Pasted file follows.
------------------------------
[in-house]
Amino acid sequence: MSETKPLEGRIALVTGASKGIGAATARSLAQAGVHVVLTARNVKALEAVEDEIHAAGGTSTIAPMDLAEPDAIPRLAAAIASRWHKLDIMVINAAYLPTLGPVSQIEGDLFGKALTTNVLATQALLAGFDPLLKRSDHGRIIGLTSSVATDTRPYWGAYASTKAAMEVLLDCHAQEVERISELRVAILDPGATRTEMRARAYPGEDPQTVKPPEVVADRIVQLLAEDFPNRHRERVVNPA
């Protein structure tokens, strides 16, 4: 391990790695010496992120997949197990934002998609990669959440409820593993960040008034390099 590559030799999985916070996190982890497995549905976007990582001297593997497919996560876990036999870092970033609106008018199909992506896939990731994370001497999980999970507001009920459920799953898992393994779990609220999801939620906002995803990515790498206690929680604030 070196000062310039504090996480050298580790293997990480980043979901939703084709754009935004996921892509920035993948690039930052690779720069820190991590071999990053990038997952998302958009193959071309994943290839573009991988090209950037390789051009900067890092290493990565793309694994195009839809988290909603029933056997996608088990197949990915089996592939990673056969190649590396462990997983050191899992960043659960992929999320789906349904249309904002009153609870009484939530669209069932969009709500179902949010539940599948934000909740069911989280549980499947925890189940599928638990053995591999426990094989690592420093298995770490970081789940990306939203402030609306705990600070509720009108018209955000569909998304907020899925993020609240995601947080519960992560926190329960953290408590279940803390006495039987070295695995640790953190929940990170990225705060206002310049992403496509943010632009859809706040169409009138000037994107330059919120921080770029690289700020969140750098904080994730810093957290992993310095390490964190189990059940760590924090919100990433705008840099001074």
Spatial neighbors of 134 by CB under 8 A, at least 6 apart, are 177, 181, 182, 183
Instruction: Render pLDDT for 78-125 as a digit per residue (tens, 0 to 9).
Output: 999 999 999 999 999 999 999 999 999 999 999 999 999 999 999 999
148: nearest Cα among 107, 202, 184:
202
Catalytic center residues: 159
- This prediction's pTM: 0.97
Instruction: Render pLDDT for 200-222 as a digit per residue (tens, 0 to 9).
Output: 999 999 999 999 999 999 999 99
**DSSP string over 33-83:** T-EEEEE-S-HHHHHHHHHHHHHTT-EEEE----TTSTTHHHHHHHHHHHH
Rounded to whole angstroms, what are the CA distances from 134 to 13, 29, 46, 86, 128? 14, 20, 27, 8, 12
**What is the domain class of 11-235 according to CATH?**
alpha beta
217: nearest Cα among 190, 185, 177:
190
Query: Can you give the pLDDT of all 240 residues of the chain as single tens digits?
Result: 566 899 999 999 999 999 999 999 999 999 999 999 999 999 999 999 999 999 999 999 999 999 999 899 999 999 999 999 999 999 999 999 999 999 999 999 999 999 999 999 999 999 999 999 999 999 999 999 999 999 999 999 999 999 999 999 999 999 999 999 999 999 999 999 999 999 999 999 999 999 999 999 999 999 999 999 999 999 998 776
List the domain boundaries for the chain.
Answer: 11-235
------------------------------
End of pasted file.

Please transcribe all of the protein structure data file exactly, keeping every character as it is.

[in-house]
Amino acid sequence: MSETKPLEGRIALVTGASKGIGAATARSLAQAGVHVVLTARNVKALEAVEDEIHAAGGTSTIAPMDLAEPDAIPRLAAAIASRWHKLDIMVINAAYLPTLGPVSQIEGDLFGKALTTNVLATQALLAGFDPLLKRSDHGRIIGLTSSVATDTRPYWGAYASTKAAMEVLLDCHAQEVERISELRVAILDPGATRTEMRARAYPGEDPQTVKPPEVVADRIVQLLAEDFPNRHRERVVNPA
């Protein structure tokens, strides 16, 4: 391990790695010496992120997949197990934002998609990669959440409820593993960040008034390099 590559030799999985916070996190982890497995549905976007990582001297593997497919996560876990036999870092970033609106008018199909992506896939990731994370001497999980999970507001009920459920799953898992393994779990609220999801939620906002995803990515790498206690929680604030 070196000062310039504090996480050298580790293997990480980043979901939703084709754009935004996921892509920035993948690039930052690779720069820190991590071999990053990038997952998302958009193959071309994943290839573009991988090209950037390789051009900067890092290493990565793309694994195009839809988290909603029933056997996608088990197949990915089996592939990673056969190649590396462990997983050191899992960043659960992929999320789906349904249309904002009153609870009484939530669209069932969009709500179902949010539940599948934000909740069911989280549980499947925890189940599928638990053995591999426990094989690592420093298995770490970081789940990306939203402030609306705990600070509720009108018209955000569909998304907020899925993020609240995601947080519960992560926190329960953290408590279940803390006495039987070295695995640790953190929940990170990225705060206002310049992403496509943010632009859809706040169409009138000037994107330059919120921080770029690289700020969140750098904080994730810093957290992993310095390490964190189990059940760590924090919100990433705008840099001074």
Spatial neighbors of 134 by CB under 8 A, at least 6 apart, are 177, 181, 182, 183
Instruction: Render pLDDT for 78-125 as a digit per residue (tens, 0 to 9).
Output: 999 999 999 999 999 999 999 999 999 999 999 999 999 999 999 999
148: nearest Cα among 107, 202, 184:
202
Catalytic center residues: 159
- This prediction's pTM: 0.97
Instruction: Render pLDDT for 200-222 as a digit per residue (tens, 0 to 9).
Output: 999 999 999 999 999 999 999 99
**DSSP string over 33-83:** T-EEEEE-S-HHHHHHHHHHHHHTT-EEEE----TTSTTHHHHHHHHHHHH
Rounded to whole angstroms, what are the CA distances from 134 to 13, 29, 46, 86, 128? 14, 20, 27, 8, 12
**What is the domain class of 11-235 according to CATH?**
alpha beta
217: nearest Cα among 190, 185, 177:
190
Query: Can you give the pLDDT of all 240 residues of the chain as single tens digits?
Result: 566 899 999 999 999 999 999 999 999 999 999 999 999 999 999 999 999 999 999 999 999 999 999 899 999 999 999 999 999 999 999 999 999 999 999 999 999 999 999 999 999 999 999 999 999 999 999 999 999 999 999 999 999 999 999 999 999 999 999 999 999 999 999 999 999 999 999 999 999 999 999 999 999 999 999 999 999 999 998 776
List the domain boundaries for the chain.
Answer: 11-235